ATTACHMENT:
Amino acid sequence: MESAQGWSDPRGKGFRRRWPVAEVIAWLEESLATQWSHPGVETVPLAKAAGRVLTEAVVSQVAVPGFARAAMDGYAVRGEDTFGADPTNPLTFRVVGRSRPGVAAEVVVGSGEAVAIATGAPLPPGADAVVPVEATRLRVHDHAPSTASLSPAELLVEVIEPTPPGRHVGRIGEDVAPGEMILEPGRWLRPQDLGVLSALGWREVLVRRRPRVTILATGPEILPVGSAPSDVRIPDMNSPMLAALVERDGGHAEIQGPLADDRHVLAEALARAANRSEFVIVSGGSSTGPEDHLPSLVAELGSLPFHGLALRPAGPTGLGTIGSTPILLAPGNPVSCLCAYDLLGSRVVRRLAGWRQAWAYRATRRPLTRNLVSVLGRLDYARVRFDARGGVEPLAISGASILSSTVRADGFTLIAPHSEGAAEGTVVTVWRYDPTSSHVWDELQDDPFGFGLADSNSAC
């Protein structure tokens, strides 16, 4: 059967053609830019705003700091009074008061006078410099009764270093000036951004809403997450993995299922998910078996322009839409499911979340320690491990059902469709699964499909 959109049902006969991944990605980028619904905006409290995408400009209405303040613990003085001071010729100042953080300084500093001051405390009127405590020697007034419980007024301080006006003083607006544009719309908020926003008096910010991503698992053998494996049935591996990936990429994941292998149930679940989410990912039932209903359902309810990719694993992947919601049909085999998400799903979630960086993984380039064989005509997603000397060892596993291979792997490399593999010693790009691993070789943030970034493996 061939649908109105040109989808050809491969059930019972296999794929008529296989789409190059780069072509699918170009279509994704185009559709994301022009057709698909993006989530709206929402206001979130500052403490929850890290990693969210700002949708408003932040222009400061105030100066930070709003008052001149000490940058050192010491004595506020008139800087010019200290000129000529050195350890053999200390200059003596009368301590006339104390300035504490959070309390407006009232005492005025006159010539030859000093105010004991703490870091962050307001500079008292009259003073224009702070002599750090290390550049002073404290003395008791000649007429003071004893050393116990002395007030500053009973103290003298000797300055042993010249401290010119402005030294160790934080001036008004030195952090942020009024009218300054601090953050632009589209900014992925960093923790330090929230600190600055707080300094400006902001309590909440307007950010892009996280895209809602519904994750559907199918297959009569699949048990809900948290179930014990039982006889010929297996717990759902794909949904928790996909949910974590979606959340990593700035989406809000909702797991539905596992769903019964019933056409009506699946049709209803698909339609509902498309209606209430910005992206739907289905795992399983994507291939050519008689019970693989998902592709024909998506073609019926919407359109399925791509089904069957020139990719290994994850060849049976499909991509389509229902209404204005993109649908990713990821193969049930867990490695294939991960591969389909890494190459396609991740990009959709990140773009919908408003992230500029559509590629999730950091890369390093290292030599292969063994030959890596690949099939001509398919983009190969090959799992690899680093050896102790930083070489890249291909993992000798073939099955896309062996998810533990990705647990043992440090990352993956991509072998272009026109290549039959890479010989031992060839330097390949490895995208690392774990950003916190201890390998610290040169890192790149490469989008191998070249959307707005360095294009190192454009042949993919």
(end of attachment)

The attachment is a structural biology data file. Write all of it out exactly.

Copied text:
Amino acid sequence: MESAQGWSDPRGKGFRRRWPVAEVIAWLEESLATQWSHPGVETVPLAKAAGRVLTEAVVSQVAVPGFARAAMDGYAVRGEDTFGADPTNPLTFRVVGRSRPGVAAEVVVGSGEAVAIATGAPLPPGADAVVPVEATRLRVHDHAPSTASLSPAELLVEVIEPTPPGRHVGRIGEDVAPGEMILEPGRWLRPQDLGVLSALGWREVLVRRRPRVTILATGPEILPVGSAPSDVRIPDMNSPMLAALVERDGGHAEIQGPLADDRHVLAEALARAANRSEFVIVSGGSSTGPEDHLPSLVAELGSLPFHGLALRPAGPTGLGTIGSTPILLAPGNPVSCLCAYDLLGSRVVRRLAGWRQAWAYRATRRPLTRNLVSVLGRLDYARVRFDARGGVEPLAISGASILSSTVRADGFTLIAPHSEGAAEGTVVTVWRYDPTSSHVWDELQDDPFGFGLADSNSAC
């Protein structure tokens, strides 16, 4: 059967053609830019705003700091009074008061006078410099009764270093000036951004809403997450993995299922998910078996322009839409499911979340320690491990059902469709699964499909 959109049902006969991944990605980028619904905006409290995408400009209405303040613990003085001071010729100042953080300084500093001051405390009127405590020697007034419980007024301080006006003083607006544009719309908020926003008096910010991503698992053998494996049935591996990936990429994941292998149930679940989410990912039932209903359902309810990719694993992947919601049909085999998400799903979630960086993984380039064989005509997603000397060892596993291979792997490399593999010693790009691993070789943030970034493996 061939649908109105040109989808050809491969059930019972296999794929008529296989789409190059780069072509699918170009279509994704185009559709994301022009057709698909993006989530709206929402206001979130500052403490929850890290990693969210700002949708408003932040222009400061105030100066930070709003008052001149000490940058050192010491004595506020008139800087010019200290000129000529050195350890053999200390200059003596009368301590006339104390300035504490959070309390407006009232005492005025006159010539030859000093105010004991703490870091962050307001500079008292009259003073224009702070002599750090290390550049002073404290003395008791000649007429003071004893050393116990002395007030500053009973103290003298000797300055042993010249401290010119402005030294160790934080001036008004030195952090942020009024009218300054601090953050632009589209900014992925960093923790330090929230600190600055707080300094400006902001309590909440307007950010892009996280895209809602519904994750559907199918297959009569699949048990809900948290179930014990039982006889010929297996717990759902794909949904928790996909949910974590979606959340990593700035989406809000909702797991539905596992769903019964019933056409009506699946049709209803698909339609509902498309209606209430910005992206739907289905795992399983994507291939050519008689019970693989998902592709024909998506073609019926919407359109399925791509089904069957020139990719290994994850060849049976499909991509389509229902209404204005993109649908990713990821193969049930867990490695294939991960591969389909890494190459396609991740990009959709990140773009919908408003992230500029559509590629999730950091890369390093290292030599292969063994030959890596690949099939001509398919983009190969090959799992690899680093050896102790930083070489890249291909993992000798073939099955896309062996998810533990990705647990043992440090990352993956991509072998272009026109290549039959890479010989031992060839330097390949490895995208690392774990950003916190201890390998610290040169890192790149490469989008191998070249959307707005360095294009190192454009042949993919």